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State regulators form an association to coordinate cannabis legalization implementation

A new development is emerging in the US cannabis sector as regulators from 19 states have formed an independent association to facilitate the implementation of cannabis policy changes.  

According to a press release made on Thursday, the regulators have formed the Cannabis Regulators Association (CANNRA) to coordinate legalization implementation. While the association won’t actively participate in the legalization process, it aims to inform regulatory best practices.

Drawing from their experience

According to the regulators, they will use their experience in coordinating marijuana programs to help jurisdictions that are working to establish fresh cannabis markets. They noted that there’s no established organization to formally coordinate the conversations between regulators and upcoming markets so far. 

“The Cannabis Regulators Association will provide a much-needed forum for regulators to engage with each other to identify and develop best practices, create model policies that safeguard public health and safety, and promote regulatory certainty for industry participants,” said Norman Birenbaum, CANNRA’s inaugural president.

This development comes at the right time when various jurisdictions are on the verge of establishing new cannabis markets. On the just-concluded US election, five more states passed ballot measures to legalize marijuana for either medical or recreational use. 

Additionally, CANNRA emphasized that it will not advocate for or against cannabis reform. Instead, the association will provide “unbiased information to help make informed decisions when considering whether or how to legalize or expand regulated cannabis.”

Regulated framework and market for cannabis

Birenbaum is currently the director of cannabis programs for New York. Regarding this development, he added the association “will also work to ensure federal benefit from the vast experiences of states across the nation to ensure any changes to federal law adequately address states’ needs and priorities.”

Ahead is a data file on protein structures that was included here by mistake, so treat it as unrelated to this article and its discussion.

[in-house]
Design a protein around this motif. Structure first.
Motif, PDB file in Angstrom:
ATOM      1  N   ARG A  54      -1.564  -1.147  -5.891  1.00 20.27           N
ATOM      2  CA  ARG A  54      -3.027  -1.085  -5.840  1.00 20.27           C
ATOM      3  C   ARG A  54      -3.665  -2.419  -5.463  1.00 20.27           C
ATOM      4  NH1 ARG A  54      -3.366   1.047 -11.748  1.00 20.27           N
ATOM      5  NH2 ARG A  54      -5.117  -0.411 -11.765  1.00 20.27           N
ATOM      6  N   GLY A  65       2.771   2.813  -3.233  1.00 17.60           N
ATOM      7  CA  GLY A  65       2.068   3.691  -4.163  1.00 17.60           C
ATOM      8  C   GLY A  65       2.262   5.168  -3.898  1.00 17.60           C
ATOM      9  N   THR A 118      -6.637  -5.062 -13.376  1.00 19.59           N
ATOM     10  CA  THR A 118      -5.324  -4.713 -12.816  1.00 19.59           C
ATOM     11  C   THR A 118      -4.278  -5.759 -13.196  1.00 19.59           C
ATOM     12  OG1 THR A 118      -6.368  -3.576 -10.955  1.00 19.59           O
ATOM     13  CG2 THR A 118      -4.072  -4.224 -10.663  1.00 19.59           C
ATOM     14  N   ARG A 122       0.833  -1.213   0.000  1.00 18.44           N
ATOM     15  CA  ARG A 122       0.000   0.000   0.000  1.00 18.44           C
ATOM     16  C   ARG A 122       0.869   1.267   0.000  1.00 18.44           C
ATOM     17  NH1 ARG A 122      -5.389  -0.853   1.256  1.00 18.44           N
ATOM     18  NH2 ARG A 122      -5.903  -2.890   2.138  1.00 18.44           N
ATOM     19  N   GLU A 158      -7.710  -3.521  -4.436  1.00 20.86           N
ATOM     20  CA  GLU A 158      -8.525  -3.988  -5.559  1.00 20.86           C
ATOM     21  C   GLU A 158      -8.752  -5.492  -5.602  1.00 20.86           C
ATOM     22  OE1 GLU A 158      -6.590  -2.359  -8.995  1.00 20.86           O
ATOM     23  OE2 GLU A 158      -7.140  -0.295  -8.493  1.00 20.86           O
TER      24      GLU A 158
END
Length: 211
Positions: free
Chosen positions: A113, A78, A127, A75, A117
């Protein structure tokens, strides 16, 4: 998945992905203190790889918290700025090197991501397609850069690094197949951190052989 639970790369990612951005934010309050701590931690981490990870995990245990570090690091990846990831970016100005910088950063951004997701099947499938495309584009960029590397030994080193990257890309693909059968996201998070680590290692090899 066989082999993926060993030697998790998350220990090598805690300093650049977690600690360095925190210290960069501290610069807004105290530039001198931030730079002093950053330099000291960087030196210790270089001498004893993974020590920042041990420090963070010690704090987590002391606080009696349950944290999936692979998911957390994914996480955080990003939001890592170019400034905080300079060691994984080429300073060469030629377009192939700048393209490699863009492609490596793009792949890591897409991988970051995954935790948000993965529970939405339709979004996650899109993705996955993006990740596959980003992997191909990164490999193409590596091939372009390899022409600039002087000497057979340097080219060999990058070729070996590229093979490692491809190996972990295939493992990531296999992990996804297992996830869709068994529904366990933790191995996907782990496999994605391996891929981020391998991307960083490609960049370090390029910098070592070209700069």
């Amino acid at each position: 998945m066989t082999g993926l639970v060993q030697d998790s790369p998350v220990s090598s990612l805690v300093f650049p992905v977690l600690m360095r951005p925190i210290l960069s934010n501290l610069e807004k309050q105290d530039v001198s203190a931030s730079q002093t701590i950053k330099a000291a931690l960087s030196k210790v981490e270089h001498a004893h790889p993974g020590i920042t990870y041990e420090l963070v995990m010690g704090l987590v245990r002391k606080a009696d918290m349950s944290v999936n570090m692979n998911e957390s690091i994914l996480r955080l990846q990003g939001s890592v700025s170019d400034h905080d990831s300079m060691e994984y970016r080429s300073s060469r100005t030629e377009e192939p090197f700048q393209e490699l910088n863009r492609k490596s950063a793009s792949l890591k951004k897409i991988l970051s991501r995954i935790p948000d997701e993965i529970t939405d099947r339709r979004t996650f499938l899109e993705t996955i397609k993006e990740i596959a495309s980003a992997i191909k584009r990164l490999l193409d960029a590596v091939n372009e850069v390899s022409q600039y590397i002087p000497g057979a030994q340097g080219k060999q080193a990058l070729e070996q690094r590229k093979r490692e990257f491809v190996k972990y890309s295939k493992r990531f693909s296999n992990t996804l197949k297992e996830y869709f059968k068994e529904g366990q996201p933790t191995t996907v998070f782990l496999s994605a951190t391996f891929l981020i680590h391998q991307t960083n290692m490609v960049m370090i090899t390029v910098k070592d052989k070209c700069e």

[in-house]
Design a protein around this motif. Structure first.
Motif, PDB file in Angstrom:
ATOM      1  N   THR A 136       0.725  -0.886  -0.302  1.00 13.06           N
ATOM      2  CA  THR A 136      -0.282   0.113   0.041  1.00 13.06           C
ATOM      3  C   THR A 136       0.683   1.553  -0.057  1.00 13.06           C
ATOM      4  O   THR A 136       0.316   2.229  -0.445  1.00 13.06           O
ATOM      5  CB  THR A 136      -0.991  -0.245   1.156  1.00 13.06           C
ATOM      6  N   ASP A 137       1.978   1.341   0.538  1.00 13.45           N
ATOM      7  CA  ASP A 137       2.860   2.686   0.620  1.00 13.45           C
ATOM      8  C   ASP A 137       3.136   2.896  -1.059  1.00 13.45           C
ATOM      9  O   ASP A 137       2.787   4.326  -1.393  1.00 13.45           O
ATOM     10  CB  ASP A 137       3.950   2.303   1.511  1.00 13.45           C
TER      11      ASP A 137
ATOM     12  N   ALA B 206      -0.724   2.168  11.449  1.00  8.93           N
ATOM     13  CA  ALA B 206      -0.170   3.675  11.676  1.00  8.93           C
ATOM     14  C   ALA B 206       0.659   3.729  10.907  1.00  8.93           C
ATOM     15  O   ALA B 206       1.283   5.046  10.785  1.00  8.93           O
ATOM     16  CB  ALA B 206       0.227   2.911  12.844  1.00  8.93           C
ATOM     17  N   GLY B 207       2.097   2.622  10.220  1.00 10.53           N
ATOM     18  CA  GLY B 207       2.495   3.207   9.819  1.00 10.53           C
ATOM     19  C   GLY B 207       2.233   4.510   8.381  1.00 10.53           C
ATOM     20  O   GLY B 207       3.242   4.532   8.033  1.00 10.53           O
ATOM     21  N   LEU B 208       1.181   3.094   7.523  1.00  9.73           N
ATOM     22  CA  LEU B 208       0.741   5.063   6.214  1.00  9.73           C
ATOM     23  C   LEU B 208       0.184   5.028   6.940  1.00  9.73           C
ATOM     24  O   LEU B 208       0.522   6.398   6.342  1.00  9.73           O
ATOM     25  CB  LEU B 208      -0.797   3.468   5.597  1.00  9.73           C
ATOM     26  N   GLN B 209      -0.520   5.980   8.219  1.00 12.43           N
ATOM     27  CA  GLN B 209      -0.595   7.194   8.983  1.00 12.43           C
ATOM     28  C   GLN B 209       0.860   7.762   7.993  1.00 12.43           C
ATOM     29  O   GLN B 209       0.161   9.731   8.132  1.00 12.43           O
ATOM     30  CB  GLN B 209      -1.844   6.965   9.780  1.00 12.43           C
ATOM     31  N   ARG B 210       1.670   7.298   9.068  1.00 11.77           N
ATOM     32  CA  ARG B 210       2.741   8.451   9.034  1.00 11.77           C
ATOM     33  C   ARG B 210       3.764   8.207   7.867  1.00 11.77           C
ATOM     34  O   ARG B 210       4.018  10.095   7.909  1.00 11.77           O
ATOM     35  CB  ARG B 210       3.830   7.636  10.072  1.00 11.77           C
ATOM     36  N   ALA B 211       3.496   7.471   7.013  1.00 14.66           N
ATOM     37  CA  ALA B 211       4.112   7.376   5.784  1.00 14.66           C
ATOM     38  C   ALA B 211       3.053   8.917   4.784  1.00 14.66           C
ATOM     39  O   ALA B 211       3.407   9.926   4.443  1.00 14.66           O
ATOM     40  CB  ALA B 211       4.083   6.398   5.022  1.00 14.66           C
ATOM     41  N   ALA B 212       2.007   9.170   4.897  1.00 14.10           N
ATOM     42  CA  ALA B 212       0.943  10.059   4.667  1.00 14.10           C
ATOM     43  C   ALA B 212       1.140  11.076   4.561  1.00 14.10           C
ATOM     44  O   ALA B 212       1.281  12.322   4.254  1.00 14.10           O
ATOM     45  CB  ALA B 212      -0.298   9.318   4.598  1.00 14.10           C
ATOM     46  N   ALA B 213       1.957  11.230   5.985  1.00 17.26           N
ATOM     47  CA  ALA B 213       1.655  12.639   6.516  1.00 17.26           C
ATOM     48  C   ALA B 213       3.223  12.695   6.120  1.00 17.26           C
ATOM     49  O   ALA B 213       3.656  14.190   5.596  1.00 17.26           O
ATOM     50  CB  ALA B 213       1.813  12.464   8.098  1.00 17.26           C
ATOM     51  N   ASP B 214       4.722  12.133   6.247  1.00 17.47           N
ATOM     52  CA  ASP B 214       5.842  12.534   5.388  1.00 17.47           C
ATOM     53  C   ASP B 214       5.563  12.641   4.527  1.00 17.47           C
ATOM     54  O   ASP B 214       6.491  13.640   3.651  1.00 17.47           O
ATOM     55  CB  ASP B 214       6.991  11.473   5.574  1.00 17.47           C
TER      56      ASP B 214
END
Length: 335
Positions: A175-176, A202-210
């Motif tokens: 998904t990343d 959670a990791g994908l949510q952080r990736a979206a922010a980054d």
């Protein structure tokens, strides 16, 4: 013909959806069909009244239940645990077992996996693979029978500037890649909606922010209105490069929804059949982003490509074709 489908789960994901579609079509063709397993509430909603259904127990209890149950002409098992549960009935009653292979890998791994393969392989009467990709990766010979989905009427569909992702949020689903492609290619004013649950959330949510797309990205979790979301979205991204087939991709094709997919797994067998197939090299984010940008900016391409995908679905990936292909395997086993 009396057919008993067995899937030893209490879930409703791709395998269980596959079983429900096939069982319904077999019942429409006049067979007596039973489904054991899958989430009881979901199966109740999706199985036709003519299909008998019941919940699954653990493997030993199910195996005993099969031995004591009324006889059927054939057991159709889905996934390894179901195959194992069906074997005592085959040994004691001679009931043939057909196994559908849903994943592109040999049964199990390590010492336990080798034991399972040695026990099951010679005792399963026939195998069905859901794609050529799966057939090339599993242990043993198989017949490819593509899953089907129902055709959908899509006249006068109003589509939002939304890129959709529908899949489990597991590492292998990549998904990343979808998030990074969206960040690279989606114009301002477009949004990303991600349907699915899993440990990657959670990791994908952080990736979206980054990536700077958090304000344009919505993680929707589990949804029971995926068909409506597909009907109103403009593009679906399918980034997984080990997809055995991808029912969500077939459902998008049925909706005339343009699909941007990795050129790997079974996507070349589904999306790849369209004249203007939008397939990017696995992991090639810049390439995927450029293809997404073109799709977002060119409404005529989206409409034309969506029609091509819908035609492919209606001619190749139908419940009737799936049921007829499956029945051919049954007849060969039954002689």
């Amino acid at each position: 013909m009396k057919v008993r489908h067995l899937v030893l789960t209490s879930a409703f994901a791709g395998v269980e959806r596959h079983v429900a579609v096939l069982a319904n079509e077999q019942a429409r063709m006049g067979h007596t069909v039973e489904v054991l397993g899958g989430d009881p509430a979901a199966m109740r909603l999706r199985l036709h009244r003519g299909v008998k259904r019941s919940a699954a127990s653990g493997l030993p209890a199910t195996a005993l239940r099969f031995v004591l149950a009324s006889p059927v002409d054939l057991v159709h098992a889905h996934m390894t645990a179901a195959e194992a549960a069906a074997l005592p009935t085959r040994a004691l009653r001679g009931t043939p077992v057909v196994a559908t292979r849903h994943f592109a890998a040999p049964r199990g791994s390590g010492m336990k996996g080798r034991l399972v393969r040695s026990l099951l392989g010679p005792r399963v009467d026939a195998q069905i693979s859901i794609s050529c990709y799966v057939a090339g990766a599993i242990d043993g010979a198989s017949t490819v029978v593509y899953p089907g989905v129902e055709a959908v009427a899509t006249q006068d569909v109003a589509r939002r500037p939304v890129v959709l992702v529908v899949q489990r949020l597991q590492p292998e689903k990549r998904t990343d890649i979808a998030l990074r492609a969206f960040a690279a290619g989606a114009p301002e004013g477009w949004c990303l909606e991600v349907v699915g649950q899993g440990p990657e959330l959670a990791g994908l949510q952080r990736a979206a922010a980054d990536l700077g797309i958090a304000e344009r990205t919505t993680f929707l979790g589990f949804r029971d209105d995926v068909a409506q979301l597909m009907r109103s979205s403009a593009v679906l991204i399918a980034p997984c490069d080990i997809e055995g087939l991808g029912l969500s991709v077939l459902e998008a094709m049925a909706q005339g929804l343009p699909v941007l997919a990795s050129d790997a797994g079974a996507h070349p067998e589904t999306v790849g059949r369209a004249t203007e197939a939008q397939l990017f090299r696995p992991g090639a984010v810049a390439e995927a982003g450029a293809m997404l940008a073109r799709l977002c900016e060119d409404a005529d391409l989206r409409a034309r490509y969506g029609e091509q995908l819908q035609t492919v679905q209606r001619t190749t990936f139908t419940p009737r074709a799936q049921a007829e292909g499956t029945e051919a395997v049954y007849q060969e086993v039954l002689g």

The model policies of CANNRA will cover areas like “packaging, labeling, advertising, testing, social equity, licensing, seed to scale tracking, enforcement, inspections, pesticide use, tax structures, product approval, tax collection, patient qualification and enrollment, product processing and manufacturing, industrial hemp and CBD products, banking, and payment processing” according to the association. 

Currently, CANNRA draws its members from 19 states, including Colorado, Hawaii, Delaware, Iowa, Maine, Michigan, New York, Oregon, Utah, Washington, Nevada, Massachusetts, Maryland, Louisiana, Minnesota, New Jersey, North Dakota, Illinois, and Rhode Island.

More states are expected to join the association soon. Jim Burack is a director and founding member of the Marijuana Enforcement Division in Colorado. Regarding this development, he said:

CANNRA provides a forum for Colorado to continue to share our pioneering experience creating an effective and credible regulated framework and a market for cannabis. Colorado also benefits from learning about cannabis policy work in other states across the country.

Other leaders and officials who applauded the move included Erik Gundersen from Maine, Nevada Governor Steve Sisolak, and Danielle Perry, who is Illinois’ cannabis regulation and oversight officer. 

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Robert Hill

Robert is an editor-in-chief from Chicago, IL, with vast experience writing about the cannabis industry. He mainly focused on covering general cannabis news, political news, and cannabis crime news worldwide.

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